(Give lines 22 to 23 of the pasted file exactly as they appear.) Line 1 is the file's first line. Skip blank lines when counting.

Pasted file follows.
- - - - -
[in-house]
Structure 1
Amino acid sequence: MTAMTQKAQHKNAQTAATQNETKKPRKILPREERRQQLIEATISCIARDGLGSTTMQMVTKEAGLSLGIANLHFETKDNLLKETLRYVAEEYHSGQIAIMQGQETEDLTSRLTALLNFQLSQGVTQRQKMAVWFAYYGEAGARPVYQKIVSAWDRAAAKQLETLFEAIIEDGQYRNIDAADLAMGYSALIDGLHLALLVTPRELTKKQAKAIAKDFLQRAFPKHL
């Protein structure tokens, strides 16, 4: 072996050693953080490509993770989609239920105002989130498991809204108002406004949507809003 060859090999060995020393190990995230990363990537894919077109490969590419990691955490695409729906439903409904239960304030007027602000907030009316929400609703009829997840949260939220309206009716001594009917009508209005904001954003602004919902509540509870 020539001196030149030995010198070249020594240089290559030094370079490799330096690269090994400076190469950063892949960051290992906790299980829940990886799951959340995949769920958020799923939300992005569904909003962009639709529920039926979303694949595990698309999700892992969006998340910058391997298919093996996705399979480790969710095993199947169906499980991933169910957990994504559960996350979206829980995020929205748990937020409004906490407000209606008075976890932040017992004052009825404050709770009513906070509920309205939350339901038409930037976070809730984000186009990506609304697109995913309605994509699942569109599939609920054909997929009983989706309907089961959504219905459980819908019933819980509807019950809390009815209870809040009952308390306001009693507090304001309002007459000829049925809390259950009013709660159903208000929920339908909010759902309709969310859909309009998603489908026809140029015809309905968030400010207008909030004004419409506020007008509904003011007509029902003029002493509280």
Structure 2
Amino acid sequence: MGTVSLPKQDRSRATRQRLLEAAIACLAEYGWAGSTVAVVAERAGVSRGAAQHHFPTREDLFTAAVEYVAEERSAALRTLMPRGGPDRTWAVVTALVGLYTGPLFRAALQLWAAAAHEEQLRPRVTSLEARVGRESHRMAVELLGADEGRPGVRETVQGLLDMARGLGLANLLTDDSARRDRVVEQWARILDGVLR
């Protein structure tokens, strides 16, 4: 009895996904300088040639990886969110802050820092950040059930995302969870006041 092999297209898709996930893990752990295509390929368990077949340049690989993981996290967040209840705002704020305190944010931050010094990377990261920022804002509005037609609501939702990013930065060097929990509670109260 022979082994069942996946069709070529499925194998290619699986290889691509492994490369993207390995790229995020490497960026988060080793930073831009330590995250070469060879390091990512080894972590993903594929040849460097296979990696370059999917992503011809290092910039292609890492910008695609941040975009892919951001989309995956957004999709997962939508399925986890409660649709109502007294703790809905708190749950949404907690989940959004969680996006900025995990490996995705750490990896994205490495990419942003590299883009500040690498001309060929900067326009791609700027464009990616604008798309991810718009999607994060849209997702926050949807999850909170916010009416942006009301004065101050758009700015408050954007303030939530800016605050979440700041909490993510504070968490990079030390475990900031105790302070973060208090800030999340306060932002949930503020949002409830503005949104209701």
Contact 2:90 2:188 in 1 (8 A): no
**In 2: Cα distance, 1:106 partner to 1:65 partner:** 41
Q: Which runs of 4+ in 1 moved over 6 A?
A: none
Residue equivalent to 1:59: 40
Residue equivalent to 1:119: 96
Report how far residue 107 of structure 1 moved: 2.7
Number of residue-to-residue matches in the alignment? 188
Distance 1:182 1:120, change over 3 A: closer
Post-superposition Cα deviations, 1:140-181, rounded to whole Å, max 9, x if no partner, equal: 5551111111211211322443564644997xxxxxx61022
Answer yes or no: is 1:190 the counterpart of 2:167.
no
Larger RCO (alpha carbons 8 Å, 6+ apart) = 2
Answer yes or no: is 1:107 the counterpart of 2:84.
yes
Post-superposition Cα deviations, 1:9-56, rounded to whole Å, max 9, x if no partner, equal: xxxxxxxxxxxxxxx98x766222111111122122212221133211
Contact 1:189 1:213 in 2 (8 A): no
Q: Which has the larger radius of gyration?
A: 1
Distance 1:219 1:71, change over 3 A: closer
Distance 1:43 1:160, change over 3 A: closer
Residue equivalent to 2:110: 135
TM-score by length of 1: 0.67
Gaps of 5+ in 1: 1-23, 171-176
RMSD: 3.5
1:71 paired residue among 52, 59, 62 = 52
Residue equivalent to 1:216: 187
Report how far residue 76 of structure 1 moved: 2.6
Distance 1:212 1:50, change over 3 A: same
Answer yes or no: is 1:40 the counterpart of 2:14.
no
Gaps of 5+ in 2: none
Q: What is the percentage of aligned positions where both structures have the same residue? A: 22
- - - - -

yes
Post-superposition Cα deviations, 1:9-56, rounded to whole Å, max 9, x if no partner, equal: xxxxxxxxxxxxxxx98x766222111111122122212221133211